House Plans To Finally Address FISA Abuse

In the wake of growing scrutiny over federal surveillance practices, bipartisan discussions are underway in the House to revise the Foreign Intelligence Surveillance Act (FISA). These talks come as certain powers granted by the Patriot Act are due to sunset at the end of 2023.

Rep. Jim Jordan (R-OH) has emerged as a key proponent of safeguarding the privacy of Americans. He asserts the necessity of stiffer penalties for those who misuse surveillance authority. “We’ve got, I think, strong agreement amongst members of the Intel Committee and members of the Judiciary Committee. And frankly, some Democrats as well, that there needs to be stronger penalties if you abuse the system,” Jordan told Just the News.

At the heart of the matter is Section 702 of FISA, which currently allows the FBI to access and query a database of phone communications without first securing a warrant. This has raised significant concerns about the protection of citizens’ private conversations.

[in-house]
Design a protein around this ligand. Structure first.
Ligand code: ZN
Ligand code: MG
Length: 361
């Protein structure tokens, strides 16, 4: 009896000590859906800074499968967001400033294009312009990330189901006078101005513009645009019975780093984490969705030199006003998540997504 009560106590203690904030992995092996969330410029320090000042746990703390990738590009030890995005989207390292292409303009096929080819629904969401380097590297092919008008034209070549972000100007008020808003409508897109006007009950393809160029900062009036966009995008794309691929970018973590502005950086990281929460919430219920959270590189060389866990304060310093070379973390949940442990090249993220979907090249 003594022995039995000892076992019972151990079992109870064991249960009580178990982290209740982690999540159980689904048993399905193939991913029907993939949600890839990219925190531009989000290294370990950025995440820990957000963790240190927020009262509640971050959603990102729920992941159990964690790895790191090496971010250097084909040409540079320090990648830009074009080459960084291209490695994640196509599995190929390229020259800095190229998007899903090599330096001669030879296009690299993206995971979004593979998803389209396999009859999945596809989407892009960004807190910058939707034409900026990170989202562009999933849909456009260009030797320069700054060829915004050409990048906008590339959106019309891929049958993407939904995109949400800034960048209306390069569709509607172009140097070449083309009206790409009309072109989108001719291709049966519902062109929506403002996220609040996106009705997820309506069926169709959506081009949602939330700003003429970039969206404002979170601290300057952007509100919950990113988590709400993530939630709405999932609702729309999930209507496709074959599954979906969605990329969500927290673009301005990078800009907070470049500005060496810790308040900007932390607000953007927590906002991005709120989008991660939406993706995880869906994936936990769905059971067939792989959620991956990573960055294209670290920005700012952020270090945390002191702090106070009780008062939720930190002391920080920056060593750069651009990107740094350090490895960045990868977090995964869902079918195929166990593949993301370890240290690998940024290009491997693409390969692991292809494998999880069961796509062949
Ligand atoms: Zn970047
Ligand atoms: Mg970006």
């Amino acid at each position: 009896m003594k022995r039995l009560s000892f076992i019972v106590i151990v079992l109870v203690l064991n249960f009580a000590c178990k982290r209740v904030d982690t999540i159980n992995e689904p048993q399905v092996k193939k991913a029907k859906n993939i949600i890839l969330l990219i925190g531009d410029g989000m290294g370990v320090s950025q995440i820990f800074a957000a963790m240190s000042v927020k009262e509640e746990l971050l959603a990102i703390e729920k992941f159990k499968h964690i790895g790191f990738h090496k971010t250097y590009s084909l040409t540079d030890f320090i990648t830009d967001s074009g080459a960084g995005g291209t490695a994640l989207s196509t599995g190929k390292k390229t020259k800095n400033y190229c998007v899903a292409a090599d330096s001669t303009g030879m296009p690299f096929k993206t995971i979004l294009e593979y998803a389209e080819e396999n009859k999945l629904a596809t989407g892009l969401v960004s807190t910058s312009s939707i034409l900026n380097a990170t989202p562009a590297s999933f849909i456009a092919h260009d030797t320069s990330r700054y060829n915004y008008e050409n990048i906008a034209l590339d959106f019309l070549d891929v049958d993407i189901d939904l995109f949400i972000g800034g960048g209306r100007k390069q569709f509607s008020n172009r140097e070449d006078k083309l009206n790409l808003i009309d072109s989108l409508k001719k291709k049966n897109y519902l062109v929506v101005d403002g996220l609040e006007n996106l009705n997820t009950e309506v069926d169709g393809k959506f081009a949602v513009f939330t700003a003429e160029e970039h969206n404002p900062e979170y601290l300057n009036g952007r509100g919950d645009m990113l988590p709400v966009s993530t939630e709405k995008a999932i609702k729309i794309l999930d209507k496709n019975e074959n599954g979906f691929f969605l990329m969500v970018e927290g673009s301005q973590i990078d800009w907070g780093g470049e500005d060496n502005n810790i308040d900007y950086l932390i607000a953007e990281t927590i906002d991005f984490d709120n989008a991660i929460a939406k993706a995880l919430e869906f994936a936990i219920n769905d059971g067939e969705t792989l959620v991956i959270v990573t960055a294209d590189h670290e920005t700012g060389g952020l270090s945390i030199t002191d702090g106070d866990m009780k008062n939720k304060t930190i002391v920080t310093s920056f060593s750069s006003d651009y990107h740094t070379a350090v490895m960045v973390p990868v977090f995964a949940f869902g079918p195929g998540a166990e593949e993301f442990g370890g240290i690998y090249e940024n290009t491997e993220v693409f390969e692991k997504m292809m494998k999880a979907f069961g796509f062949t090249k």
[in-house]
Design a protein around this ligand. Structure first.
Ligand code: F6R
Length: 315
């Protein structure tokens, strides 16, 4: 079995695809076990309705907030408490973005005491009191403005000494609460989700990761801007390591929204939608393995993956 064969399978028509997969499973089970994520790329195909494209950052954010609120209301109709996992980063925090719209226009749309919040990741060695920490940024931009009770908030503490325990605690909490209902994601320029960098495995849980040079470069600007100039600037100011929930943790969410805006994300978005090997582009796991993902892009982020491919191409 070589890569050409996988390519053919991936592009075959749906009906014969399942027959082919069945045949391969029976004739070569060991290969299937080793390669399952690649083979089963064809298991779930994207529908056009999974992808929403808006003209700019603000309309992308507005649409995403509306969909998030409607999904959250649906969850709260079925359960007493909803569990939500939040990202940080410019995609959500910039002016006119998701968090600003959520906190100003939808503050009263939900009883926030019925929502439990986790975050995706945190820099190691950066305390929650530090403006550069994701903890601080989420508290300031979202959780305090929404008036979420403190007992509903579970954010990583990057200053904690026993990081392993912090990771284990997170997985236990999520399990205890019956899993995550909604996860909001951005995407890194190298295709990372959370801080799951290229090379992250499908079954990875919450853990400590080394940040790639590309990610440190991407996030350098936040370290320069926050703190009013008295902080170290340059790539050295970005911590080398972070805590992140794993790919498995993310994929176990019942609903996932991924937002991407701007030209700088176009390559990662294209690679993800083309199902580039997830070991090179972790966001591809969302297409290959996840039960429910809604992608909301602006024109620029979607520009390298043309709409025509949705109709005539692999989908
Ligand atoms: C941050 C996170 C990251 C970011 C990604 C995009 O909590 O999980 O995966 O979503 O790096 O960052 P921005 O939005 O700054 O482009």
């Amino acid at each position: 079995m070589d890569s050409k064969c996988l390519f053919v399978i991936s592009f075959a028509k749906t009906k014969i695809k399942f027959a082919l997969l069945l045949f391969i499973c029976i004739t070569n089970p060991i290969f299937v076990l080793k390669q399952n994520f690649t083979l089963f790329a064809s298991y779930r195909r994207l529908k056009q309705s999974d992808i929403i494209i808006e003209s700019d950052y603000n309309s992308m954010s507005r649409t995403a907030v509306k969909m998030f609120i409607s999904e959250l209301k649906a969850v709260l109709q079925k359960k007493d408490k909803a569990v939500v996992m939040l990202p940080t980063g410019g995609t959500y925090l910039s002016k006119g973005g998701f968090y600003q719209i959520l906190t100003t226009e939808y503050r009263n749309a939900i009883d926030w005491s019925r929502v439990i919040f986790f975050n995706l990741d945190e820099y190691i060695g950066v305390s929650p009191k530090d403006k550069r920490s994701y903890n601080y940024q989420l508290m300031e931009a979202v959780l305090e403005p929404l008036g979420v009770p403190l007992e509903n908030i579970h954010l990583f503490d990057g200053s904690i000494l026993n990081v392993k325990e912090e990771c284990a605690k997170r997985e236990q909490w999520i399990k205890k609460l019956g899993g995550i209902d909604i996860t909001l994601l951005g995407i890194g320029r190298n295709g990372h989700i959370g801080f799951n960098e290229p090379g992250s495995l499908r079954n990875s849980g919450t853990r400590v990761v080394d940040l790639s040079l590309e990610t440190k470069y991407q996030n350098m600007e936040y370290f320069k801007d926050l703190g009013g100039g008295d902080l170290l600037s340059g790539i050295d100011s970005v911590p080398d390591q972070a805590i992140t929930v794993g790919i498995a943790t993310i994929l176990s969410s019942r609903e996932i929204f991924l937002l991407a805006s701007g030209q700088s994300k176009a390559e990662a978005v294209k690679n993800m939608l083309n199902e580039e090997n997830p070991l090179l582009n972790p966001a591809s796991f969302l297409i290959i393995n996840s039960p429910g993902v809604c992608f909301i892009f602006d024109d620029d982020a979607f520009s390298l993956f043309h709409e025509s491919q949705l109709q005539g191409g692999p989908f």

The urgency for reform escalated when the Foreign Intelligence Surveillance Court disclosed the FBI’s extensive use of FISA. Over the course of two years, the agency employed the act over 200,000 times to probe Americans’ phone records. “There needs to be more transparency, more accountability, more audits and reporting to Congress and to the American people,” Jordan stressed.

Moreover, Jordan is advocating for a crucial alteration in the law mandating a warrant for any search of information about American citizens. This suggestion is finding support within the Judiciary Committee, hinting at a collaborative effort between Republicans and Democrats to address this fundamental issue.

Originally instituted in the Cold War era to monitor foreign nationals, Section 702 has come under fire for its expanded use in the post-9/11 age. The intent to use FISA for national security has seemingly drifted, at times, toward political maneuvering. “There’s gonna be major reform to not just 702 but I think the entire FISA,” Jordan announced, intending to enact these changes within the next two months.

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